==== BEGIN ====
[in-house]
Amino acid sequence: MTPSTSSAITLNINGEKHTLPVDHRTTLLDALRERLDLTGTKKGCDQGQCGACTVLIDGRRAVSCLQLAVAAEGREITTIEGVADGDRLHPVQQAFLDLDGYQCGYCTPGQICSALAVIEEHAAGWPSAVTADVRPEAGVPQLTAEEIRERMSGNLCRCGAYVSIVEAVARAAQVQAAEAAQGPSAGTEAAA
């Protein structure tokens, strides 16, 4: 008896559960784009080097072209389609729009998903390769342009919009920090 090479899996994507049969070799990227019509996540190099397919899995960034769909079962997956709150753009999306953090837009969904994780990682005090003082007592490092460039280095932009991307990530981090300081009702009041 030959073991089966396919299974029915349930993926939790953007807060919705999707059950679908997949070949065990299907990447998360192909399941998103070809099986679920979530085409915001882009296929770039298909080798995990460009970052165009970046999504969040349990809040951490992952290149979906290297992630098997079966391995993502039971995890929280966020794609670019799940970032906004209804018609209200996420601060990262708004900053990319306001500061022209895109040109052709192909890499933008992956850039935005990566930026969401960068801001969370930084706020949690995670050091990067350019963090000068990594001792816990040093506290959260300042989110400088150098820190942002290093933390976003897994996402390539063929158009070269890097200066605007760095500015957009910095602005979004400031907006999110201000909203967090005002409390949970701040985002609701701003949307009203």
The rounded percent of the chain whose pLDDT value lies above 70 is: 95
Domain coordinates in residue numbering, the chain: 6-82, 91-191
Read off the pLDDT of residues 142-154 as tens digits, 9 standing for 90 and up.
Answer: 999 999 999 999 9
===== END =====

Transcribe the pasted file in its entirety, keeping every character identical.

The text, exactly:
[in-house]
Amino acid sequence: MTPSTSSAITLNINGEKHTLPVDHRTTLLDALRERLDLTGTKKGCDQGQCGACTVLIDGRRAVSCLQLAVAAEGREITTIEGVADGDRLHPVQQAFLDLDGYQCGYCTPGQICSALAVIEEHAAGWPSAVTADVRPEAGVPQLTAEEIRERMSGNLCRCGAYVSIVEAVARAAQVQAAEAAQGPSAGTEAAA
């Protein structure tokens, strides 16, 4: 008896559960784009080097072209389609729009998903390769342009919009920090 090479899996994507049969070799990227019509996540190099397919899995960034769909079962997956709150753009999306953090837009969904994780990682005090003082007592490092460039280095932009991307990530981090300081009702009041 030959073991089966396919299974029915349930993926939790953007807060919705999707059950679908997949070949065990299907990447998360192909399941998103070809099986679920979530085409915001882009296929770039298909080798995990460009970052165009970046999504969040349990809040951490992952290149979906290297992630098997079966391995993502039971995890929280966020794609670019799940970032906004209804018609209200996420601060990262708004900053990319306001500061022209895109040109052709192909890499933008992956850039935005990566930026969401960068801001969370930084706020949690995670050091990067350019963090000068990594001792816990040093506290959260300042989110400088150098820190942002290093933390976003897994996402390539063929158009070269890097200066605007760095500015957009910095602005979004400031907006999110201000909203967090005002409390949970701040985002609701701003949307009203």
The rounded percent of the chain whose pLDDT value lies above 70 is: 95
Domain coordinates in residue numbering, the chain: 6-82, 91-191
Read off the pLDDT of residues 142-154 as tens digits, 9 standing for 90 and up.
Answer: 999 999 999 999 9